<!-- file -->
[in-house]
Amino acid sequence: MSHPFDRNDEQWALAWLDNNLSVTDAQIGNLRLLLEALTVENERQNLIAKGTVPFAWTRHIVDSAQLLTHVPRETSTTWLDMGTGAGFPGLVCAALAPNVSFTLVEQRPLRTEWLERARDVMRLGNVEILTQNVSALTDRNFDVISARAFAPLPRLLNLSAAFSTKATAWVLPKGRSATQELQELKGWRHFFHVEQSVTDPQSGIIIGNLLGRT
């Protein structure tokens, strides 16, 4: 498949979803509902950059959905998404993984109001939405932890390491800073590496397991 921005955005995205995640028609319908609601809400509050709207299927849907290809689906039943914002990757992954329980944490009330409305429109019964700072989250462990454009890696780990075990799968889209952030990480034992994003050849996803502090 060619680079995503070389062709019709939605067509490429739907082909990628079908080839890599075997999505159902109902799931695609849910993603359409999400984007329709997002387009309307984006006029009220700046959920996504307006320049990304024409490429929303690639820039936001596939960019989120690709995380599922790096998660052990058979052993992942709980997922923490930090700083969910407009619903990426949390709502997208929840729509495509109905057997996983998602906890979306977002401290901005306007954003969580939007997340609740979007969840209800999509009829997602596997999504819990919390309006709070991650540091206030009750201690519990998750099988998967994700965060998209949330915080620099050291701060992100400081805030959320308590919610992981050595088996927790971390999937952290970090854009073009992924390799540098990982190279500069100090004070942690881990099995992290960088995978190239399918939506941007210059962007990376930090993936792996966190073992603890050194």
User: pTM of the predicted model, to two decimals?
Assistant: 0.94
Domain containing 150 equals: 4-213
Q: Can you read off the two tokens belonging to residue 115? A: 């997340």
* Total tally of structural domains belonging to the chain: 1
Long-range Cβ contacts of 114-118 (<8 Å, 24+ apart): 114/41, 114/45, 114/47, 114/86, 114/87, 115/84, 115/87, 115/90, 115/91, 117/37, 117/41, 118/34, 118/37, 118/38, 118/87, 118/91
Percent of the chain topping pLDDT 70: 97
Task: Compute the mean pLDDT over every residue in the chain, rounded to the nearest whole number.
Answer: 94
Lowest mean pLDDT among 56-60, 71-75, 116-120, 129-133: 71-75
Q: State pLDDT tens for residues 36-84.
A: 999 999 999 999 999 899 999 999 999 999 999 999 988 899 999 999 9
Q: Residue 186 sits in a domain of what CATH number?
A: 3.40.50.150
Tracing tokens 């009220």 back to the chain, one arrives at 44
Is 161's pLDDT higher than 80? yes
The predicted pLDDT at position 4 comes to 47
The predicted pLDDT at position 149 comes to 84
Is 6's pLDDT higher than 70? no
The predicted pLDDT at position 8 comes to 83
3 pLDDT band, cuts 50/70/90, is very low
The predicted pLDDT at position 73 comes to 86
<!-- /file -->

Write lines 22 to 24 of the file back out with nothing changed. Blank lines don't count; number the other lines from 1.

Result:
Is 6's pLDDT higher than 70? no
The predicted pLDDT at position 8 comes to 83
3 pLDDT band, cuts 50/70/90, is very low